Category: Foreign Policy

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Letting Saudi Arabia Off the 9/11 Hook

President George W. Bush meeting with then-Saudi Ambassador Prince Bandar bin Sultan at the Bush Ranch in Crawford, Texas. (U.S. government photo)

The 9/11 attacks opened a bloody chapter of American history, “justifying” U.S. attacks on multiple countries but not on the one most connected to the terrorism, U.S. “ally,” Saudi Arabia. Why is that, asks Lawrence Davidson.

Needing an Exit from Afghan Quagmire

President Barack Obama saluting coffins of dead U.S. soldiers returned from Afghanistan to Dover Air Force Base. (White House photo by Pete Souza)

The failure of U.S. policy in Afghanistan has been obvious for years, but neither President Bush nor President Obama wanted the defeat hung on them, so the bloody folly goes on, a test for the next president, says Alon Ben-Meir.

The Danger of Excessive Trump Bashing

Former Secretary of State Hillary Clinton speaking with supporters at a campaign rally at Carl Hayden High School in Phoenix, Arizona. March 21, 2016. (Photo by Gage Skidmore)

Exclusive: The prospect of Donald Trump in the White House alarms many people but bashing him over his contrarian views on NATO and U.S.-Russian relations could set the stage for disasters under President Hillary Clinton, writes Robert Parry.

Promises of Peace, Realities of War

Donald Trump speaking with supporters at a campaign rally at Veterans Memorial Coliseum at the Arizona State Fairgrounds in Phoenix, Arizona. June 18, 2016. (Photo by Gage Skidmore)

Some anti-war Americans see hope in Donald Trump’s aversion to neocon interventionism but the peace mantras of campaigns often turn into war policies in office, observes ex-CIA analyst Paul R. Pillar.

Where Donald Trump Makes Sense

Republican presidential candidate Donald Trump.

Donald Trump’s narcissistic ravings have drawn widespread ridicule and contempt, but his rejection of Washington’s neocon foreign policy orthodoxy is a valuable contribution to the public debate, says Ivan Eland.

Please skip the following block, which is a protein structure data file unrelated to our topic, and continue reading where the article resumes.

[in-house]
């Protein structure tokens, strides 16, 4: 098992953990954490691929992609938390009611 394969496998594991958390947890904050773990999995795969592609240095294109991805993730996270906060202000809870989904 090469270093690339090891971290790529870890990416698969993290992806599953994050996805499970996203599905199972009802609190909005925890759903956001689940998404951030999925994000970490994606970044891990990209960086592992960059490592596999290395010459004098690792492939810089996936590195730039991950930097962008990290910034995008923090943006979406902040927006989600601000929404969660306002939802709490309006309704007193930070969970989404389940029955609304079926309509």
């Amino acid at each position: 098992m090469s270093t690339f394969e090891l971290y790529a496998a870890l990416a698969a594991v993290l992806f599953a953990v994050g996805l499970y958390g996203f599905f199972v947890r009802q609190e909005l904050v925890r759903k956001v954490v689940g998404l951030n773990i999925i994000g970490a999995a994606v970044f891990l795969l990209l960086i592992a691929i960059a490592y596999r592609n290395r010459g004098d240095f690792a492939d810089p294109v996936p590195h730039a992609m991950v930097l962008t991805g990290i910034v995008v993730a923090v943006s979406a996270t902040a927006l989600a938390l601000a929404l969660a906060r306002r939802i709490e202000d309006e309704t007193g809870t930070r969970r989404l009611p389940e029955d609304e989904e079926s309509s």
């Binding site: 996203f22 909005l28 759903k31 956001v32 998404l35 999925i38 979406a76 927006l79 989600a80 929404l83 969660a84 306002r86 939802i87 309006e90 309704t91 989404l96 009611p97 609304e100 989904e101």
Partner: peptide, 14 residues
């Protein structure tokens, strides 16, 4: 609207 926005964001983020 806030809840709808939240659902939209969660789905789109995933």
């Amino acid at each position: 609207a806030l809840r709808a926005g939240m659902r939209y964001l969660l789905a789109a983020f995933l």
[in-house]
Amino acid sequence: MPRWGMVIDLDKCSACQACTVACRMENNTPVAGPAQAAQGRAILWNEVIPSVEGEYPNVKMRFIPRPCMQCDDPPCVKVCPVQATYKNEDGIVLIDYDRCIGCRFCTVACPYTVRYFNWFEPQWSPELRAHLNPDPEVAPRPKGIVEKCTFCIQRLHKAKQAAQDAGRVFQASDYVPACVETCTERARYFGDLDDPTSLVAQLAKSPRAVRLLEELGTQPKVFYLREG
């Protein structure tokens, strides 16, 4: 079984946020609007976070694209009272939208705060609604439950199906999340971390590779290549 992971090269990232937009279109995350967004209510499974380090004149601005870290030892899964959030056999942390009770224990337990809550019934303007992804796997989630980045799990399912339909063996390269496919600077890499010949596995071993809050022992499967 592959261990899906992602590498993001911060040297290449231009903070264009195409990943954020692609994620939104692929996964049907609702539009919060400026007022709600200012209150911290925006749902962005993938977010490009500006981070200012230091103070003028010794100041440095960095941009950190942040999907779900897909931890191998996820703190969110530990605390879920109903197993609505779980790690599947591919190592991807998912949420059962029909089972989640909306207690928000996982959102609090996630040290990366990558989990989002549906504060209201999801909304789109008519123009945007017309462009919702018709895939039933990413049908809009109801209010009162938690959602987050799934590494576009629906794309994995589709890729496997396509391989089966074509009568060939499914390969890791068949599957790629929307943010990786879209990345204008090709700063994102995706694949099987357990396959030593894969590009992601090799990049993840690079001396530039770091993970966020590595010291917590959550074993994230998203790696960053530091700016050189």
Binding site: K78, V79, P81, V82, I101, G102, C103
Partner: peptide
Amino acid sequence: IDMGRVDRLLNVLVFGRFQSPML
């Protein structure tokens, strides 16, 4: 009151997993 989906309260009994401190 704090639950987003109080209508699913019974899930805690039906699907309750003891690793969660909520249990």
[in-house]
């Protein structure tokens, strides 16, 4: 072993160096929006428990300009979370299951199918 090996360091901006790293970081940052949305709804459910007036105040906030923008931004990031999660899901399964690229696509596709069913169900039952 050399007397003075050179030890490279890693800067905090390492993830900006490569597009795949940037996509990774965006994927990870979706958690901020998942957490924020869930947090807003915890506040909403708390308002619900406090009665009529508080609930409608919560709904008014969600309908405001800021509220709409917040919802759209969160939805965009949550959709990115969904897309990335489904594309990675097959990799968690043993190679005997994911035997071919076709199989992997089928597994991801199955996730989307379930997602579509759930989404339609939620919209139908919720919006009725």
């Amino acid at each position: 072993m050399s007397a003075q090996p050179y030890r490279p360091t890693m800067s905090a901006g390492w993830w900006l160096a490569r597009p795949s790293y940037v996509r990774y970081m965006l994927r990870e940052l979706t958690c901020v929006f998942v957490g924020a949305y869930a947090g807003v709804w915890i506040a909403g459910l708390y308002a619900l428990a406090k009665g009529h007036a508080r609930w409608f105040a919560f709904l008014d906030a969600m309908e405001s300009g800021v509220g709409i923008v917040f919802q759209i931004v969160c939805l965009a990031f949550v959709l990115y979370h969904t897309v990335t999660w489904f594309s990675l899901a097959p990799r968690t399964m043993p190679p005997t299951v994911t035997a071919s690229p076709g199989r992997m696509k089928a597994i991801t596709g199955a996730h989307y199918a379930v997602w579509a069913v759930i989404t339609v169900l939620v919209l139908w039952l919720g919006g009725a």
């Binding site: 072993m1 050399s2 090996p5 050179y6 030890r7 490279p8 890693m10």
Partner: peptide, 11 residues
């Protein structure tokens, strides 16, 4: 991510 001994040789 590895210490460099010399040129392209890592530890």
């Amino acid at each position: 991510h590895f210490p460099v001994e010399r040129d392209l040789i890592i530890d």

Terrorism as a Word and Epithet

The World Trade Center's Twin Towers burning on 9/11. (Photo credit: National Park Service)

The word “terrorism” – classically defined as violence against civilians for political effect – has become an epithet hurled at despised groups while not against favored ones, a challenge of hypocrisy and propaganda, explains Michael Brenner.

The Mystery of Turkey’s Failed Coup

President Recep Tayyip Erdogan addresses citizens in front of his residence in Istanbul on July 19, 2016. (Photo from official website of the Presidency of the Republic of Turkey)

The failed Turkish coup and President Erdogan’s harsh reprisals have left more questions than answers, including who was really behind the botched putsch and why, reports Joe Lauria.

Is Hillary Double-Talking on Trade Deals?

Former Secretary of State Hillary Clinton speaking with supporters at a campaign rally at Carl Hayden High School in Phoenix, Arizona, March 21, 2016. (Photo by Gage Skidmore)

Hillary Clinton is promising to take a tougher stand on U.S. trade deals, but is that just campaign talk to appease supporters of Bernie Sanders and steal some backing away from Donald Trump, asks JP Sottile.

New Cold War at the Olympics

Athletes carrying flags of their nations at closing ceremony of the London Olympics. (Photo credit: London 2012 Olympics)

The Western media’s Russia-bashing has become epidemic, creating a dangerous dynamic as the world plunges into a new Cold War, with even sports becoming a propaganda arena, as Rick Sterling explains.

Lurching Toward World War III

A military parade on Red Square. May 9, 2016 Moscow. (Photo from: http://en.kremlin.ru)

Anti-Russian hysteria has reached extraordinary levels in Official Washington with heated allegations about Russia hacking Democratic Party emails, but this over-the-top “group think” threatens the world’s future, explains John Chuckman.